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Pakistan's political crisis: Prime Minister Gilani scrambles to shore up confidence

The departure of a key partner in the ruling coalition has sparked a Pakistan political crisis that could distract the government from pressing security and economic problems.

Pakistani Prime Minister Syed Yusuf Raza Gilani, center, and his Turkish counterpart, Recep Tayyip Erdogan, inspect a military guard of honor before their meeting in Ankara, Turkey, Dec. 7, 2010.

Burhan Ozbilici/AP Photo

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Pakistan’s civilian government faces a fight for survival after the withdrawal of a key coalition partner on Sunday left Prime Minister Yusuf Raza Gilani unable to command a majority in parliament.

The departure of the Muttahida Qaumi Movement (MQM) from the coalition led by the Pakistan People’s Party (PPP) has sparked a political crisis that may prove a costly distraction to the country and its Western allies as it battles Al Qaeda and Taliban militants on its western border, all the while struggling to keep a check on inflation and a sliding economy. The MQM's move also strengthens the hand of the military should it wish to play a more direct role in governance via a puppet government, experts believe.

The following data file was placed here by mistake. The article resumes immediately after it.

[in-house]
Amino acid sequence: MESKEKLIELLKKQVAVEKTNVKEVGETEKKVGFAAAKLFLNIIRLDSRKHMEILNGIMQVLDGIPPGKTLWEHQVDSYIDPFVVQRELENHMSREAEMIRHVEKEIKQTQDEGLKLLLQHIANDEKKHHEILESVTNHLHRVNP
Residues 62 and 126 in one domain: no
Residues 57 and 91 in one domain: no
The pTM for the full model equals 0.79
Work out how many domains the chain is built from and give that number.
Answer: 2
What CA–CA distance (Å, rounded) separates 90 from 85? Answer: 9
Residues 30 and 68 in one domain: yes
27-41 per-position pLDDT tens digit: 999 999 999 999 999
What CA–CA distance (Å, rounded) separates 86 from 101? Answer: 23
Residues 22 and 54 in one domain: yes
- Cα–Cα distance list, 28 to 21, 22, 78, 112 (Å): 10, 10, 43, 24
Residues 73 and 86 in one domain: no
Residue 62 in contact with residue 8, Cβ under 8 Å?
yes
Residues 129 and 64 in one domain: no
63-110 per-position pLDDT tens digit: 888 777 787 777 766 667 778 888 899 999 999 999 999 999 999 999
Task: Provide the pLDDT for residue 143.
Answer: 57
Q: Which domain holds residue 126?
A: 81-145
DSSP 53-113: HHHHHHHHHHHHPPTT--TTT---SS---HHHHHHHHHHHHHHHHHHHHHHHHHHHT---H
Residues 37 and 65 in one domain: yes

As of Monday afternoon, Mr. Gilani was left scrambling for new partners to avert the possibility of a no-confidence vote by the opposition which, though unlikely, could technically remove him from office. Analysts believe that even if the government continues to hold onto power without the means to pass legislation, it could hasten calls for fresh elections.

“Nothing will get done if the government limps on [without new support],” says Cyril Almeida, a columnist for Pakistan’s Dawn newspaper. “Eventually something will have to give and a fresh election would be called.”


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